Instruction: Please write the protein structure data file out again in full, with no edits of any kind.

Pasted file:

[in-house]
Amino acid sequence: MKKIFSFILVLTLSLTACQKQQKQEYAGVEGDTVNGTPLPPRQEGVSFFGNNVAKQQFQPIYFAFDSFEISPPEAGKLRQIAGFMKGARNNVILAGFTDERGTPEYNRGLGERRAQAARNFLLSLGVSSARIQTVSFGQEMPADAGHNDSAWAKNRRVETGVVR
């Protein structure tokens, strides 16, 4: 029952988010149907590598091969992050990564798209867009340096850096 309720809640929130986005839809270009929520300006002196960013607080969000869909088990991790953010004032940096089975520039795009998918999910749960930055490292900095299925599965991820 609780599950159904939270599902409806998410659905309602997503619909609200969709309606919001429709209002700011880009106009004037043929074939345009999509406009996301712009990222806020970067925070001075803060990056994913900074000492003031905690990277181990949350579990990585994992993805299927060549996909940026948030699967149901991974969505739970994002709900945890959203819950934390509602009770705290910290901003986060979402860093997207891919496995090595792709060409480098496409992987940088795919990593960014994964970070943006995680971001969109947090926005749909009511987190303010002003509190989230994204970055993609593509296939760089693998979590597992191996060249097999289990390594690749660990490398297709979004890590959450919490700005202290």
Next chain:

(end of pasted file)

[in-house]
Amino acid sequence: MKKIFSFILVLTLSLTACQKQQKQEYAGVEGDTVNGTPLPPRQEGVSFFGNNVAKQQFQPIYFAFDSFEISPPEAGKLRQIAGFMKGARNNVILAGFTDERGTPEYNRGLGERRAQAARNFLLSLGVSSARIQTVSFGQEMPADAGHNDSAWAKNRRVETGVVR
């Protein structure tokens, strides 16, 4: 029952988010149907590598091969992050990564798209867009340096850096 309720809640929130986005839809270009929520300006002196960013607080969000869909088990991790953010004032940096089975520039795009998918999910749960930055490292900095299925599965991820 609780599950159904939270599902409806998410659905309602997503619909609200969709309606919001429709209002700011880009106009004037043929074939345009999509406009996301712009990222806020970067925070001075803060990056994913900074000492003031905690990277181990949350579990990585994992993805299927060549996909940026948030699967149901991974969505739970994002709900945890959203819950934390509602009770705290910290901003986060979402860093997207891919496995090595792709060409480098496409992987940088795919990593960014994964970070943006995680971001969109947090926005749909009511987190303010002003509190989230994204970055993609593509296939760089693998979590597992191996060249097999289990390594690749660990490398297709979004890590959450919490700005202290």
Next chain: